Thank you so much for the responses...I really appreciate them! So, lets see if this is a good solution (inside-out): 1/2" drywall on a 7" Mooney wall (no vapor barrier); blown-in dense pack cellulose; 1/2 CDX plywood sheathing glued to studs; 2" exterior XPS and then wood siding. How am I doing so far? A couple of questions: this wall will have no vapor barrier correct? Stupid question alert: I'm guessing the windows and doors will be attached to the I make a wooden exterior box to cover the 2" XPS or is there something else I could do? The most important question: I have concerns about the cellulose (probably because I know little about it) but is it as good as comparable materials? Will it settle over time therefore diminishing it's R value? What happens if it gets wet (hope not) or insect and rodent infiltration? I like the idea of using cellulose, but need to get over the fears I have of actually using it in my home.

  7. GBA Editor
    Martin Holladay | | #7

    Q. "2" exterior XPS and then wood siding. How am I doing so far?"

    A. You're doing OK, as long as you include a ventilated rainscreen gap between the rigid foam and the siding.

    Q. "This wall will have no vapor barrier, correct?"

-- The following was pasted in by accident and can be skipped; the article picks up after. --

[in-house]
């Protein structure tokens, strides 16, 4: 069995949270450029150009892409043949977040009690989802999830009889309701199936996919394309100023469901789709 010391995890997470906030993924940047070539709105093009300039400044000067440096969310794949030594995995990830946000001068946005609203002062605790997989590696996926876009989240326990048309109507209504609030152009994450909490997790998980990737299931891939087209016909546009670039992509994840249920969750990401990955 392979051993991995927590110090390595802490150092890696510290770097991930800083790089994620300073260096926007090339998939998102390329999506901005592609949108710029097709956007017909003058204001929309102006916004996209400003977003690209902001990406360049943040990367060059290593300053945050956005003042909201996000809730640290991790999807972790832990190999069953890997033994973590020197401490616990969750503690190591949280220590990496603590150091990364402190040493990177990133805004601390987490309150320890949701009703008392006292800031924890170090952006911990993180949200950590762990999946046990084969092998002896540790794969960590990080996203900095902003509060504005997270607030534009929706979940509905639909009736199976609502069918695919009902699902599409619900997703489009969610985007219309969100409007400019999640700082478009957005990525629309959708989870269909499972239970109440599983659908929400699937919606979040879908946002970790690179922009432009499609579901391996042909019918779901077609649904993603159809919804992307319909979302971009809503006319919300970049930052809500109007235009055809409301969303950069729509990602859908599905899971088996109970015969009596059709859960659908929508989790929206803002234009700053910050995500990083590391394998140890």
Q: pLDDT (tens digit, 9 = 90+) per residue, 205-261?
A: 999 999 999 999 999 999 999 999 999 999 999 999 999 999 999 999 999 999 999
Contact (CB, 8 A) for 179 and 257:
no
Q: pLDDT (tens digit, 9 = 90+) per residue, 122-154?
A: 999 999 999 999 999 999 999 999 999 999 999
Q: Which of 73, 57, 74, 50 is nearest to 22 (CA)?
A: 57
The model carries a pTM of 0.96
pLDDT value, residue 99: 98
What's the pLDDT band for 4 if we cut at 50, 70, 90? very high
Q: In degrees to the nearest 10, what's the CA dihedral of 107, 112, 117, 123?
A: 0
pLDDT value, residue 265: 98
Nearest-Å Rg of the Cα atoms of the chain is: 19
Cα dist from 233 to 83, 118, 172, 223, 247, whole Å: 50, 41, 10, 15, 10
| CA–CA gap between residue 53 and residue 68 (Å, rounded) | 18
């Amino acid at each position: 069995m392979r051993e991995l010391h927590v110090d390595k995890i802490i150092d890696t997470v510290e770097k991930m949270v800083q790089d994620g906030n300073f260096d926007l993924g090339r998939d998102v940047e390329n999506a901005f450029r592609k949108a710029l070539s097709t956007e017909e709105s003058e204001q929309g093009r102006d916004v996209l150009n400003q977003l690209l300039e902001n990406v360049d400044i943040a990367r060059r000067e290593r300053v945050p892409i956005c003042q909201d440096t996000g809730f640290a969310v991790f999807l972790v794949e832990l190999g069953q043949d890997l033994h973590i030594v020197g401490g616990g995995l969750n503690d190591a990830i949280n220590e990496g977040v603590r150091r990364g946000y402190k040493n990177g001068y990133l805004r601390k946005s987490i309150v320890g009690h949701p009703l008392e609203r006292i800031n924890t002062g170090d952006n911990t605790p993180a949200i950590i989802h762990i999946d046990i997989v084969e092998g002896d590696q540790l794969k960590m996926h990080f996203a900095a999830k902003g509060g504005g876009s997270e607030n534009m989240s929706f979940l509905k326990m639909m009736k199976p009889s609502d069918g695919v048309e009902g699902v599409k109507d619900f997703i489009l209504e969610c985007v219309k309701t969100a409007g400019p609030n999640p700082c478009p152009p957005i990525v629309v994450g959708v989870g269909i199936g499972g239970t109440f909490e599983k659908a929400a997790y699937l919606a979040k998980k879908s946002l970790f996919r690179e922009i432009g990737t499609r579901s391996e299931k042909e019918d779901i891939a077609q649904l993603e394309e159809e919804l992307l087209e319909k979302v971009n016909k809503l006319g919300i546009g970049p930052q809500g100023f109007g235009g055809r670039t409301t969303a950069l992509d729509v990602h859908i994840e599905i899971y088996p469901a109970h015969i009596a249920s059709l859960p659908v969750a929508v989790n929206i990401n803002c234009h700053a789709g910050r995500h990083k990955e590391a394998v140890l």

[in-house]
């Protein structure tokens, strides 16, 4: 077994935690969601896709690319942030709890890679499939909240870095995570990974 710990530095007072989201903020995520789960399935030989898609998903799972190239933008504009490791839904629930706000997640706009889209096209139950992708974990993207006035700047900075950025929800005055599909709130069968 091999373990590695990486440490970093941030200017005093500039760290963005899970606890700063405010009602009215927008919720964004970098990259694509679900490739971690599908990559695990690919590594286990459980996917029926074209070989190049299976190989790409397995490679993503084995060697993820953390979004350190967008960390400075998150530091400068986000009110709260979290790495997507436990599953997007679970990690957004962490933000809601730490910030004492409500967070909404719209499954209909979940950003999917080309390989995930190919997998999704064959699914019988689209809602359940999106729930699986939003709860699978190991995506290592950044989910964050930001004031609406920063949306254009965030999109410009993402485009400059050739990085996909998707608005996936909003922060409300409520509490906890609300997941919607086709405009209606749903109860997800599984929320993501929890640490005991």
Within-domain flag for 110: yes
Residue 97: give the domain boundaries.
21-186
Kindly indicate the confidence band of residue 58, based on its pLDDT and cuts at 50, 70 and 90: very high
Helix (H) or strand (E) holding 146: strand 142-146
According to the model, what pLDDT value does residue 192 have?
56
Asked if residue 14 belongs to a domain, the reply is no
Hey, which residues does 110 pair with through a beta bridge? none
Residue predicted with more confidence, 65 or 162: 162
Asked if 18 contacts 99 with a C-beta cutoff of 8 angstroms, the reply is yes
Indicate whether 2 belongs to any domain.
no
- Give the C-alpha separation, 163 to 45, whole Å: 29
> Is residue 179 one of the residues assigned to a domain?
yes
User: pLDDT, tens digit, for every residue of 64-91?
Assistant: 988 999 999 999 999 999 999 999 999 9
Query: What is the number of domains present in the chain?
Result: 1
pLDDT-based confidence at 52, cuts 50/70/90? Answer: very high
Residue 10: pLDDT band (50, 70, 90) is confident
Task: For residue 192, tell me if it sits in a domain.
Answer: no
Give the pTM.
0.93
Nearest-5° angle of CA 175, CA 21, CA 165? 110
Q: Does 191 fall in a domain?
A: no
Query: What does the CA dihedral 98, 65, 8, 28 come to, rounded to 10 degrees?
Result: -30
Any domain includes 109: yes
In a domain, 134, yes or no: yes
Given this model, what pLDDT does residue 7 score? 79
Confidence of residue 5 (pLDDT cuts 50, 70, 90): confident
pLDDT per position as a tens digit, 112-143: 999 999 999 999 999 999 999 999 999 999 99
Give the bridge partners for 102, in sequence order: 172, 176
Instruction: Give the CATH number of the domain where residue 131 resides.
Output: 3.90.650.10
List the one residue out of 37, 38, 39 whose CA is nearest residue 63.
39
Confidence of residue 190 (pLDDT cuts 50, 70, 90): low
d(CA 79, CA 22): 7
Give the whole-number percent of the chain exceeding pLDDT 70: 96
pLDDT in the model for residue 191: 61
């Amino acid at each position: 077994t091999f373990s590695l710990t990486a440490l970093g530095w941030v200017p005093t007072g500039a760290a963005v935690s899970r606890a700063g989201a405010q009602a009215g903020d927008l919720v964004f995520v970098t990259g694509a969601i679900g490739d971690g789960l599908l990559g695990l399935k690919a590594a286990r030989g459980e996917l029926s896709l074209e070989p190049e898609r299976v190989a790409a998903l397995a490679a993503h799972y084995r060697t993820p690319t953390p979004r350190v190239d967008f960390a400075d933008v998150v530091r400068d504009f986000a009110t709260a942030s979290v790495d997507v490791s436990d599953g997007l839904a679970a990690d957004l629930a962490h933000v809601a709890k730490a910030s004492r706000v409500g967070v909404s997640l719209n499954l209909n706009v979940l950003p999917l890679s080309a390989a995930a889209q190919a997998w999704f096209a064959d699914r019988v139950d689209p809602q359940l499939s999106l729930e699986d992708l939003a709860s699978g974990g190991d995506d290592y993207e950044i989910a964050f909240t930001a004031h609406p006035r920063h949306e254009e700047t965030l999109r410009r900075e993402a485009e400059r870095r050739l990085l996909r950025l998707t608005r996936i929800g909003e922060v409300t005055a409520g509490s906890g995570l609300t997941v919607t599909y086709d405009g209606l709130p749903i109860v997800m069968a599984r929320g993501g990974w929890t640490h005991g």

A. Not quite correct. Both the plywood sheathing and the XPS are vapor retarders. Two inches of XPS has a permeance of about 0.8 or less.

    Q. I'm guessing the windows and doors will be attached to the I make a wooden exterior box to cover the 2" XPS or is there something else I could do?

    A. For more on your options, see this article: 'Innie' Windows or 'Outie' Windows?

    Q. "I have concerns about the cellulose (probably because I know little about it) but is it as good as comparable materials?"

    A. Every insulation has its strengths and weaknesses.

    Q. "Will it settle over time therefore diminishing it's R value?"

    A. Not if it is installed by an experienced contractor familiar with the dense-packed method.

    Q. What happens if it gets wet?

    A. The same thing that happens with any insulation that gets wet -- it either dries out (if the wall's drying potential exceeds its wetting potential) or it stays wet and allows mold to develop (if the wall's wetting potential exceeds its drying potential).

    Q. "What happens with insect and rodent infiltration?"

    A. You need to seal up the holes in your wall, call an exterminator, or set out mousetraps.

  8. 3dHoTBycF3 | | #8

    Thank you again for all of the information. You mentioned having an experienced contractor doing the dense-pack method to eliminate settling, but I was hoping to insulate myself. I have used TigerFoam in the past but am now seriously considering cellulose. Again, I would really like to do this myself unless the cost factor of having a professional not a wallet buster. As a side note, what are the current thoughts on Aircrete?